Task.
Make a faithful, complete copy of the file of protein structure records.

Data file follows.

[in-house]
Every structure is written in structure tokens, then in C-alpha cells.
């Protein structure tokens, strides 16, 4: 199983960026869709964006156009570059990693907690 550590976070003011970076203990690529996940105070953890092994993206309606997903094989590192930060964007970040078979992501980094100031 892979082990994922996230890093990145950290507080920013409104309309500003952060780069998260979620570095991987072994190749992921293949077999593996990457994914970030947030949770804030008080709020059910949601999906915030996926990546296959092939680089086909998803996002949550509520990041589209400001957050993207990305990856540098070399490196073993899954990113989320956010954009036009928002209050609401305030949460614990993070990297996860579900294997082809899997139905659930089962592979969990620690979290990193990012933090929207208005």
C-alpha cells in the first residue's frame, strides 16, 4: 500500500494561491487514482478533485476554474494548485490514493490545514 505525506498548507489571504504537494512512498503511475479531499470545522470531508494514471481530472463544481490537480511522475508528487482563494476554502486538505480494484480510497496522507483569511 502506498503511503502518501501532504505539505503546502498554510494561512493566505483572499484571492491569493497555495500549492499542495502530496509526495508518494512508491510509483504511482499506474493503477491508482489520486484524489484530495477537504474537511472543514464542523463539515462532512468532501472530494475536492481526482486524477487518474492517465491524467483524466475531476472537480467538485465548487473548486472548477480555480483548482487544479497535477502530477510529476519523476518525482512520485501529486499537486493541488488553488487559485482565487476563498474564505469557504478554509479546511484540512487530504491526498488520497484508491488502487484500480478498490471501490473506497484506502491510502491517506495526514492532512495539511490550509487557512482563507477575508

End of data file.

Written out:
[in-house]
Every structure is written in structure tokens, then in C-alpha cells.
């Protein structure tokens, strides 16, 4: 199983960026869709964006156009570059990693907690 550590976070003011970076203990690529996940105070953890092994993206309606997903094989590192930060964007970040078979992501980094100031 892979082990994922996230890093990145950290507080920013409104309309500003952060780069998260979620570095991987072994190749992921293949077999593996990457994914970030947030949770804030008080709020059910949601999906915030996926990546296959092939680089086909998803996002949550509520990041589209400001957050993207990305990856540098070399490196073993899954990113989320956010954009036009928002209050609401305030949460614990993070990297996860579900294997082809899997139905659930089962592979969990620690979290990193990012933090929207208005």
C-alpha cells in the first residue's frame, strides 16, 4: 500500500494561491487514482478533485476554474494548485490514493490545514 505525506498548507489571504504537494512512498503511475479531499470545522470531508494514471481530472463544481490537480511522475508528487482563494476554502486538505480494484480510497496522507483569511 502506498503511503502518501501532504505539505503546502498554510494561512493566505483572499484571492491569493497555495500549492499542495502530496509526495508518494512508491510509483504511482499506474493503477491508482489520486484524489484530495477537504474537511472543514464542523463539515462532512468532501472530494475536492481526482486524477487518474492517465491524467483524466475531476472537480467538485465548487473548486472548477480555480483548482487544479497535477502530477510529476519523476518525482512520485501529486499537486493541488488553488487559485482565487476563498474564505469557504478554509479546511484540512487530504491526498488520497484508491488502487484500480478498490471501490473506497484506502491510502491517506495526514492532512495539511490550509487557512482563507477575508